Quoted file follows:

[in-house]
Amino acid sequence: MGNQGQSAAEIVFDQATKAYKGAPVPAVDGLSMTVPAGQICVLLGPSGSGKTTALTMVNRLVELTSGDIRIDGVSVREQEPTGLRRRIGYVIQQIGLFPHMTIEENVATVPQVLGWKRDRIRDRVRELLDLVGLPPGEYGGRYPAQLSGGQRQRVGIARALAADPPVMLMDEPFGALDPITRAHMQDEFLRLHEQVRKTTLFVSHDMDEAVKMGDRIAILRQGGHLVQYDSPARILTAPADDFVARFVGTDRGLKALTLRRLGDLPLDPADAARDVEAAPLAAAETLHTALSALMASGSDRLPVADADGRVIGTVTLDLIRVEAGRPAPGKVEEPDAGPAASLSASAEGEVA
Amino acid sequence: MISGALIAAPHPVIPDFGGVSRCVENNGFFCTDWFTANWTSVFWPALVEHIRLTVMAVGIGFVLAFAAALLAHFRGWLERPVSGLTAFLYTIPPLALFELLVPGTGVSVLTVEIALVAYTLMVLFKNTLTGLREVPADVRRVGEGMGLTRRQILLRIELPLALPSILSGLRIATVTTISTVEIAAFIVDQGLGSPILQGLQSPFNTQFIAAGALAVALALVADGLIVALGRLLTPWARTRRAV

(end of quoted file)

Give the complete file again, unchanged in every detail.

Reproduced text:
[in-house]
Amino acid sequence: MGNQGQSAAEIVFDQATKAYKGAPVPAVDGLSMTVPAGQICVLLGPSGSGKTTALTMVNRLVELTSGDIRIDGVSVREQEPTGLRRRIGYVIQQIGLFPHMTIEENVATVPQVLGWKRDRIRDRVRELLDLVGLPPGEYGGRYPAQLSGGQRQRVGIARALAADPPVMLMDEPFGALDPITRAHMQDEFLRLHEQVRKTTLFVSHDMDEAVKMGDRIAILRQGGHLVQYDSPARILTAPADDFVARFVGTDRGLKALTLRRLGDLPLDPADAARDVEAAPLAAAETLHTALSALMASGSDRLPVADADGRVIGTVTLDLIRVEAGRPAPGKVEEPDAGPAASLSASAEGEVA
Amino acid sequence: MISGALIAAPHPVIPDFGGVSRCVENNGFFCTDWFTANWTSVFWPALVEHIRLTVMAVGIGFVLAFAAALLAHFRGWLERPVSGLTAFLYTIPPLALFELLVPGTGVSVLTVEIALVAYTLMVLFKNTLTGLREVPADVRRVGEGMGLTRRQILLRIELPLALPSILSGLRIATVTTISTVEIAAFIVDQGLGSPILQGLQSPFNTQFIAAGALAVALALVADGLIVALGRLLTPWARTRRAV